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  3. (2018) Availability for public disclosure of data and information in an IND. 21 CFR § 312.130, Title 21, Vol. 5.
  4. (2018) Availability for public disclosure of data and information in an application or abbreviated application. 21 CFR § 314.430, Title 21, Vol. 5.
  5. World Medical Association (2013) World Medical Association Declaration of Helsinki: ethical principles for medical research involving human subjects. JAMA 310, 2191– 2194, DOI: 10.1001/jama.2013.281053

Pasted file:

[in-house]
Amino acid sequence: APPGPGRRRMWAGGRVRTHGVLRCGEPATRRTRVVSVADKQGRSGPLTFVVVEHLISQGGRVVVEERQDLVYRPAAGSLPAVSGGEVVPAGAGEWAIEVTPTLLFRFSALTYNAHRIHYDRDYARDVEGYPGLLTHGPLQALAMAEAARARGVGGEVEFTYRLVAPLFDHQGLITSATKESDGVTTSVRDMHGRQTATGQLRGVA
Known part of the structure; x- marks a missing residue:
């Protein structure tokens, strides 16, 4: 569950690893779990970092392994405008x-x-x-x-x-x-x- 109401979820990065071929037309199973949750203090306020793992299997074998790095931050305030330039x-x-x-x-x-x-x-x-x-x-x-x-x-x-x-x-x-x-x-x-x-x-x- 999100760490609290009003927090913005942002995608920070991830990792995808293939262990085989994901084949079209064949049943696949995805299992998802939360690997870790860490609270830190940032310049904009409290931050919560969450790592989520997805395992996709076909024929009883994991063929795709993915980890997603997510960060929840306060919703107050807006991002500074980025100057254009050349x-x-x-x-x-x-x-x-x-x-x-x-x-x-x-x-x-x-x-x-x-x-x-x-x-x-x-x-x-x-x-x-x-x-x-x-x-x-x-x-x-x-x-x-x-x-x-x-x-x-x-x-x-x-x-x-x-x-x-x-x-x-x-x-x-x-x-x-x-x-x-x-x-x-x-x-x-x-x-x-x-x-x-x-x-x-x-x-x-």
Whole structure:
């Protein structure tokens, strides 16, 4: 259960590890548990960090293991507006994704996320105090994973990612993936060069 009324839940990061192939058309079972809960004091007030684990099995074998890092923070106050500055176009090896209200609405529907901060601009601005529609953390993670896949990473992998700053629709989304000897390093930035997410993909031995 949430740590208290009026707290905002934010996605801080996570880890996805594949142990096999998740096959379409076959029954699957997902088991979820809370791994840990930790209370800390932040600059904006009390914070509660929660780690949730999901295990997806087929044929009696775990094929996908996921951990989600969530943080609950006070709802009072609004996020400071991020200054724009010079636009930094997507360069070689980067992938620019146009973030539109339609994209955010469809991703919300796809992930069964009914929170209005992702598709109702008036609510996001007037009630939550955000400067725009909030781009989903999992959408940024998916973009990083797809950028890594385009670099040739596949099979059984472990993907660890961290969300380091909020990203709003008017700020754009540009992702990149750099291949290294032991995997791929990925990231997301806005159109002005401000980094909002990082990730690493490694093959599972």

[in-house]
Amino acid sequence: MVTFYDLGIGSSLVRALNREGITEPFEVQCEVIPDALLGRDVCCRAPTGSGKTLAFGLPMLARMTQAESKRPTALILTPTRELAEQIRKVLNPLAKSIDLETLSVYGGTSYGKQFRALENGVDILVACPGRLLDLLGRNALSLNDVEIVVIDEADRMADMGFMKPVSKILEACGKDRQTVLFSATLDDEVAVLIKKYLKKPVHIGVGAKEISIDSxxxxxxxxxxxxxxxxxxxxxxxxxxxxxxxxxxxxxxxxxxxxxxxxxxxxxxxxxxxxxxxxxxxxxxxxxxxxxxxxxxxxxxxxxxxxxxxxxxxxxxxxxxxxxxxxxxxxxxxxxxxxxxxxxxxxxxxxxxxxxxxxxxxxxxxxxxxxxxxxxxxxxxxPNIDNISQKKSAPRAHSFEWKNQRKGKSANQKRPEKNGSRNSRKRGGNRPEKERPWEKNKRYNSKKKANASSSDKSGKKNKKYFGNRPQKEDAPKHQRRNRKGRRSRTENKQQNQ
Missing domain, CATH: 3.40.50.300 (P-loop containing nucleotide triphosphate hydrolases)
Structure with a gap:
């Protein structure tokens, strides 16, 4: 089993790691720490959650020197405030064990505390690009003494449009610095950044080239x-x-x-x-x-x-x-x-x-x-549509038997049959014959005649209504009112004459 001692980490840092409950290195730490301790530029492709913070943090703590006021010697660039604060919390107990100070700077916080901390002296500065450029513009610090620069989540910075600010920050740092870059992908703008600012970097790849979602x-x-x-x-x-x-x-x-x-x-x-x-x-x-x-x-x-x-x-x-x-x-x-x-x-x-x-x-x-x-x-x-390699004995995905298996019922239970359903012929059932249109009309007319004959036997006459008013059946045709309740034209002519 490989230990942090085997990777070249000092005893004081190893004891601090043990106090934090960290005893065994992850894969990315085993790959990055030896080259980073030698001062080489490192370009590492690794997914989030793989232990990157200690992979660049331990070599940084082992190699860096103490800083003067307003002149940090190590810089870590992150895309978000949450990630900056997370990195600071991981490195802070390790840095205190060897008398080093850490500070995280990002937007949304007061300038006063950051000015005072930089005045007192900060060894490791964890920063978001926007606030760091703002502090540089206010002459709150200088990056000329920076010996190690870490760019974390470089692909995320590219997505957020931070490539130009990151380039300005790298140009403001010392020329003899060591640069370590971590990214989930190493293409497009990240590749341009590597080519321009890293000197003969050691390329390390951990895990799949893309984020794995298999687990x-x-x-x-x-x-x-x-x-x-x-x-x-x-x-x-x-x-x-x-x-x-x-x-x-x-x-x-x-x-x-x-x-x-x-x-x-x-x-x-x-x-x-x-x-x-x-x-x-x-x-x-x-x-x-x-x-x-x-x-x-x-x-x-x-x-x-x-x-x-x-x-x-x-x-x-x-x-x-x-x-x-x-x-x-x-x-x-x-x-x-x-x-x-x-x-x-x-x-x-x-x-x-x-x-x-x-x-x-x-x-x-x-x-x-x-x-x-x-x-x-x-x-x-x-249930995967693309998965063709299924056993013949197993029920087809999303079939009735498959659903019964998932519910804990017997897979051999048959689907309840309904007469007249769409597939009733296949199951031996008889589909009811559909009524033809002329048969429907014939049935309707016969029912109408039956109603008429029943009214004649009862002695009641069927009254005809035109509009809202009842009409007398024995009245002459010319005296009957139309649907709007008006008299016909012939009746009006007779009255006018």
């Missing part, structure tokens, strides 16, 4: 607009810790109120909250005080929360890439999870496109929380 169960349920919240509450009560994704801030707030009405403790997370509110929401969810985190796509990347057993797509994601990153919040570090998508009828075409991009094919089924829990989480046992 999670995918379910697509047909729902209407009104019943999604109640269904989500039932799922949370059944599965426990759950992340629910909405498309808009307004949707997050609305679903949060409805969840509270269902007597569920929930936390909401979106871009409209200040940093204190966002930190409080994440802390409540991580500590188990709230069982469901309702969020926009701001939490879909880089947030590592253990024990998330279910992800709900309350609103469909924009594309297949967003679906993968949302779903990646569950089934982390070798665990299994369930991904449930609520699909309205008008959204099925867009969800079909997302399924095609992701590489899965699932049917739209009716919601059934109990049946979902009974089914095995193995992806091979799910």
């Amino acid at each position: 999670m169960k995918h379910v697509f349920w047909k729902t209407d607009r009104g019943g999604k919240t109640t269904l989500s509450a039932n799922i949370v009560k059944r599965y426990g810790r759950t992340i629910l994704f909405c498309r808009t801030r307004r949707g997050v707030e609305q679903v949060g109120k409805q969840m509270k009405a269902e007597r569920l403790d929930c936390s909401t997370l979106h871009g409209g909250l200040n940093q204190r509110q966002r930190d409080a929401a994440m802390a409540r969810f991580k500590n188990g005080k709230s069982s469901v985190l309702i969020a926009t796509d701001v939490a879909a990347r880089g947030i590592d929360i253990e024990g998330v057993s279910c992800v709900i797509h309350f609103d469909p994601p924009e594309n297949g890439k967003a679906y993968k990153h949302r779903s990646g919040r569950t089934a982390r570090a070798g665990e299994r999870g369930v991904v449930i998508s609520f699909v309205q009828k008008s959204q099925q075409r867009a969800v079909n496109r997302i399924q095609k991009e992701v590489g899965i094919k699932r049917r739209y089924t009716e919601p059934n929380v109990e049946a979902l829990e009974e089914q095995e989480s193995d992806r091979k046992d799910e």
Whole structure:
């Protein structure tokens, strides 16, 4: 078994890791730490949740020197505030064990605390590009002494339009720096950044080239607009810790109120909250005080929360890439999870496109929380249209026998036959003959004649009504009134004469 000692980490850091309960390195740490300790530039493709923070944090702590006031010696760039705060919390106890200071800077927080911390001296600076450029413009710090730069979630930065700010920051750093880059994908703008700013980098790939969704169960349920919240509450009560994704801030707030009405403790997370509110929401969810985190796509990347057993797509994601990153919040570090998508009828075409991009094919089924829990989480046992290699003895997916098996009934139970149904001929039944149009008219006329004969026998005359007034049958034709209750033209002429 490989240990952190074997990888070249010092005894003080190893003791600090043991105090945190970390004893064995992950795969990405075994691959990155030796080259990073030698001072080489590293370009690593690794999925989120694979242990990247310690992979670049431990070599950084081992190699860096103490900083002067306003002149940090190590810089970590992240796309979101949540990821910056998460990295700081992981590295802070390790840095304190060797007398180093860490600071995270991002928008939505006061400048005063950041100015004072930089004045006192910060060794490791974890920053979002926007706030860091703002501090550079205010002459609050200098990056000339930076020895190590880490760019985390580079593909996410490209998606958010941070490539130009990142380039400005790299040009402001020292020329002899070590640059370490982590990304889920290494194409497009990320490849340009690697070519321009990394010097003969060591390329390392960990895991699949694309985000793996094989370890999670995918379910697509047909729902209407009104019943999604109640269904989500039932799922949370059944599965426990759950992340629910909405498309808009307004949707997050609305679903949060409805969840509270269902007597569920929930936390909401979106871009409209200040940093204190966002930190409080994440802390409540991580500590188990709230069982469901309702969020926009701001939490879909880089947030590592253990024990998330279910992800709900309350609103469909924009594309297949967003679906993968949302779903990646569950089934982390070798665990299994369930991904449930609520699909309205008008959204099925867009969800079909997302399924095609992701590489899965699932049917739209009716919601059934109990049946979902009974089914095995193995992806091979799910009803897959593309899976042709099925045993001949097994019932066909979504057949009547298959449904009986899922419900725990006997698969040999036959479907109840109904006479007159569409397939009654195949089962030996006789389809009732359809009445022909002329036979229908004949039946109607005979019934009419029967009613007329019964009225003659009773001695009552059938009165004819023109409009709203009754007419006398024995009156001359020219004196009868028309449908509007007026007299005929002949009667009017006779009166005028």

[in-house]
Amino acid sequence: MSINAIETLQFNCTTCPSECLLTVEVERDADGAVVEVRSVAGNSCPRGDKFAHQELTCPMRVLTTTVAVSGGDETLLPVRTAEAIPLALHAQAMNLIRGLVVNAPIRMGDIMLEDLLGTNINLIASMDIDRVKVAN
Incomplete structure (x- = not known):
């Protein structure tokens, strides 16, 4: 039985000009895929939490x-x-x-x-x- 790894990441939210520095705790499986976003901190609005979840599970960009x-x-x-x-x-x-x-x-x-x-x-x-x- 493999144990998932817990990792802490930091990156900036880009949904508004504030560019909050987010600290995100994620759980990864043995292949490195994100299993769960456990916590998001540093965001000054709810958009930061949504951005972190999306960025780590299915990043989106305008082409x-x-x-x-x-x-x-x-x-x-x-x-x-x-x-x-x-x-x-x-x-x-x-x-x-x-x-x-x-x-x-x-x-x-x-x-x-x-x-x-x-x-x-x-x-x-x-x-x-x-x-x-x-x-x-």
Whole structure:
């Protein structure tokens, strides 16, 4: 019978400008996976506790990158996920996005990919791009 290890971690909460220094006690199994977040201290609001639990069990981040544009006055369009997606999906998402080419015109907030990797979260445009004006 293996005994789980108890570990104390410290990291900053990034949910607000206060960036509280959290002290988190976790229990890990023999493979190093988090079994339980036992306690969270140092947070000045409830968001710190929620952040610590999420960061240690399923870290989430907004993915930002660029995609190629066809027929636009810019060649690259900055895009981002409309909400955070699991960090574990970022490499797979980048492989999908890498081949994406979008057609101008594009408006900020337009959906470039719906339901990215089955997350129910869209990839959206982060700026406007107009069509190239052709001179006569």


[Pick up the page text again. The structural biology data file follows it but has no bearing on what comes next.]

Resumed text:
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  17. (1966) Public information; agency rules, opinions, orders, records, and proceedings. 5 U.S.C. § 552(a)(4)(B).
  18. (1966) This section does not apply to matters that are (outlined). 5 U.S.C. § 552(b).
  19. U.S. Dept. of Justice v. Tax Analysts, 492 U.S. 136 (1989). Justia Law. (accessed January 2, 2019).